The reality is that you can damage a PA with almost any amplifier, if you're careless enough. The solution is to use limiters to protect the loudspeakers from both thermal and mechanical failure. In order to prevent thermal failure, you need an RMS limiter that will stop the average power from exceeding the "continuous" power rating (the thermal limit) of the loudspeaker. In order to prevent mechanical failure, you also need a peak limiter that will stop the instantaneous peaks from exceeding the "peak" power rating of the loudspeaker.

Knowing this, then, the ideal amplifier choice is often one that has a little more power than you need (so there is always a little unused "headroom" to ensure that you won't clip), and which provides both RMS and peak limiter options as part of its built-in DSP.


You can, of course, provide these limiter functions in a stand-alone loudspeaker processor (DSP), such as a Lake, BSS, Biamp, Ashly, or XTA product (to name a few). In this case, it is often advisable to run the amplifier levels "wide open" and manage gain in the DSP, so that nobody can come turn up the amplifiers later and cause problems.

Even with the excellent limiter options available in standalone DSP, though, I still like the idea of the limiters being in the last possible place in the signal chain (i.e., in the amplifiers). However, if you need a large quantity of amplifiers for your system, it can certainly be more cost-effective to let standalone DSP do the job and purchase amplifiers with no internal DSP.

Let's come back to the idea of an "undersized" amplifier. Remember that it's when the amplifier clips that causes problems, so the solution is simple: set limiters so that doesn't happen. As long as you don't clip the amplifier, there is absolutely nothing wrong with using an amp that is "too small." You won't get the maximum SPL potential out of the PA, but you may not need it, anyway. Many loudspeaker systems are capable of getting much louder than needed, so a little wasted potential may not be a big deal in the long run. Plus, loudspeakers tend to behave in a nonlinear fashion as you approach their limits anyway.

The takeaway should be that the amplifier size you choose is a function of balancing the maximum SPL you need out of the PA, with cost. The protection, whether the amplifier is oversized or undersized, comes from having both RMS and peak limiters to protect the loudspeakers (and prevent amplifier clipping in the case of an "undersized" amp).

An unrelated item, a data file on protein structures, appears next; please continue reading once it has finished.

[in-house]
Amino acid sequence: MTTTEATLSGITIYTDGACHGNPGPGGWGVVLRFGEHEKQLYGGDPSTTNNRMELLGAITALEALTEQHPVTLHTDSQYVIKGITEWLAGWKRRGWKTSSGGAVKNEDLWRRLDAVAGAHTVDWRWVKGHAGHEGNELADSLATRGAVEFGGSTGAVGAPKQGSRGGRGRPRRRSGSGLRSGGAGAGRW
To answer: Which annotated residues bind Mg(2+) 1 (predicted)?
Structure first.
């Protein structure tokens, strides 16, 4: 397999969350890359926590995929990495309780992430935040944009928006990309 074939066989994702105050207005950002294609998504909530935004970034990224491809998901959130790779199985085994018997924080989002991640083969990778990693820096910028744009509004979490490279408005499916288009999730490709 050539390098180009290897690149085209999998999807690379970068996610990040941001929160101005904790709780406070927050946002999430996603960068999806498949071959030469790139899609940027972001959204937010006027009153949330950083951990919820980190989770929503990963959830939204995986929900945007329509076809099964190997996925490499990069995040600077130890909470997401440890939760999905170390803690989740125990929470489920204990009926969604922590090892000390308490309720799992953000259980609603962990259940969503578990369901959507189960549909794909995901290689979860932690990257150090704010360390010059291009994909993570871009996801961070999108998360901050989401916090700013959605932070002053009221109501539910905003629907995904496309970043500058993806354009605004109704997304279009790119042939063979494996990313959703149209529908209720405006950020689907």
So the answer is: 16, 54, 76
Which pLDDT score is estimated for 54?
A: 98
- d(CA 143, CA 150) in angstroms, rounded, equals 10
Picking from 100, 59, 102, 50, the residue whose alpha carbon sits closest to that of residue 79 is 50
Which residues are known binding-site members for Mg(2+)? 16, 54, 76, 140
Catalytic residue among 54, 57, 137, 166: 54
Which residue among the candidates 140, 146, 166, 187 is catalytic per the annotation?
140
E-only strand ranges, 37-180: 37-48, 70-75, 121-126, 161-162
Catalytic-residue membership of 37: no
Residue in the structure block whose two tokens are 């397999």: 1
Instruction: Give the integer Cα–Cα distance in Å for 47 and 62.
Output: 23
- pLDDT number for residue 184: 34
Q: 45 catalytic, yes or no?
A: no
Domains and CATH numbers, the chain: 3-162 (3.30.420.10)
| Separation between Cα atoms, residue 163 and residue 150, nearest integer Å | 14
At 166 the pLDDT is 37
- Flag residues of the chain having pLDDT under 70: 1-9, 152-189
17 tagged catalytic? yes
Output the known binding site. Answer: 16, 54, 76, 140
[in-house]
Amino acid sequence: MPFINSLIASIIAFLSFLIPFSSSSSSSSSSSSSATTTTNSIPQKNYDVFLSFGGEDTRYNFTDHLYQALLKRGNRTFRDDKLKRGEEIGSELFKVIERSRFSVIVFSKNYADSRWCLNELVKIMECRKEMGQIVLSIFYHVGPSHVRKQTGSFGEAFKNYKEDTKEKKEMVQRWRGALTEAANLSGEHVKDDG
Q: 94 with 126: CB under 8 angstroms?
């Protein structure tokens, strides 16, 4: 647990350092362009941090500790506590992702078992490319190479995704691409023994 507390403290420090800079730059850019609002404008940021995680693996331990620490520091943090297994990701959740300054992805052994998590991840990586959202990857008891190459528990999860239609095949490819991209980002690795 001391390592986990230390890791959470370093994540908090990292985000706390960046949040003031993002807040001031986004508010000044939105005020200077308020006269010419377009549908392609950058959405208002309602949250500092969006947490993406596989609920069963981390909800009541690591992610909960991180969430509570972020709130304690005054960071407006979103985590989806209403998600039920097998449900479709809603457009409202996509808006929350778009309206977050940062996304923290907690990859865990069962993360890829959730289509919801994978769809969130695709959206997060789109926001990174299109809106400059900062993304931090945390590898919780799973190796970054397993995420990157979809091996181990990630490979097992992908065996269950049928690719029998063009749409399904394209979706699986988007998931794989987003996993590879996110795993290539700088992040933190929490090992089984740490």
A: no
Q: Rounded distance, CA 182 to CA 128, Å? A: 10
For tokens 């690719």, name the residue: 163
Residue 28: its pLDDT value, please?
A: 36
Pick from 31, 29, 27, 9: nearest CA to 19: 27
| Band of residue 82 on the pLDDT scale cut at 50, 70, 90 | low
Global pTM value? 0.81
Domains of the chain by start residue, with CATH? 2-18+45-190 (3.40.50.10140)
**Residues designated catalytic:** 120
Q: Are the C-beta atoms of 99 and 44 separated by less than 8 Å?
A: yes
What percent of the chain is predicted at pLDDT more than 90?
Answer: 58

Regardless of whether you do the limiting in the amps or in standalone DSP, do it somewhere!

I mentioned in the beginning that many modern amplifiers (usually those that have built-in DSP) can be networked for remote monitoring. I am a big fan of this function. Not only do you have the ability to monitor levels and limiter activity, you can also mute the system this way.

When doing a "burp" test (short bursts of pink noise done one amplifier channel at a time to test the loudspeakers), it is incredibly handy to be able to do this via a computer in the room with you.

The other major function that many modern amplifiers have is an ongoing load test, which continually monitors the connected loudspeakers. By comparing the reported load (e.g., 1.7 ohms) to the expected load (perhaps 4 ohms for a pair of 8 ohm speakers in parallel), you can see that something is wrong. Perhaps the loudspeaker cable is developing a short, or a voice coil is melting). This load test doesn't usually conclusively prove what is wrong, but it will often give you an idea of what to investigate. And with the complexity of modern PA's, any "health" data we can get is helpful.

In a nutshell, keep the following points in mind:

Whenever possible, consult the loudspeaker manufacturer and use their recommended amplifier pairing suggestions and presets.

Use both RMS and peak limiting to fully protect your loudspeakers.

Don't be afraid to use a smaller amp than your loudspeaker can handle, if you don't need the SPL, and you use limiting to prevent the amplifier from clipping.

Otherwise, pick an amplifier that delivers around two to four times the continuous power rating of the loudspeaker.

Do your loudspeaker tuning either in a standalone DSP or in the amplifier's DSP (if available), but please don't do it in your console. Console-based PA tuning is susceptible to accidental fiddling by others and means that swapping out your console will also result in you losing your system tuning.

Generally, don't be tempted to load an amplifier channel lower than 4 ohms, even for amplifiers that can handle it. It typically requires larger loudspeaker cable, both because of the higher current involved and to overcome cable loss, and it can also make some amplifiers nonlinear.

And finally, if you need help making the choice, or determining limiter settings, do not be afraid to reach out to a preferred integrator, a consultant, or (maybe) the wonderful online community. If you pick the latter, though, just be prepared to judiciously exercise your comprehension skills!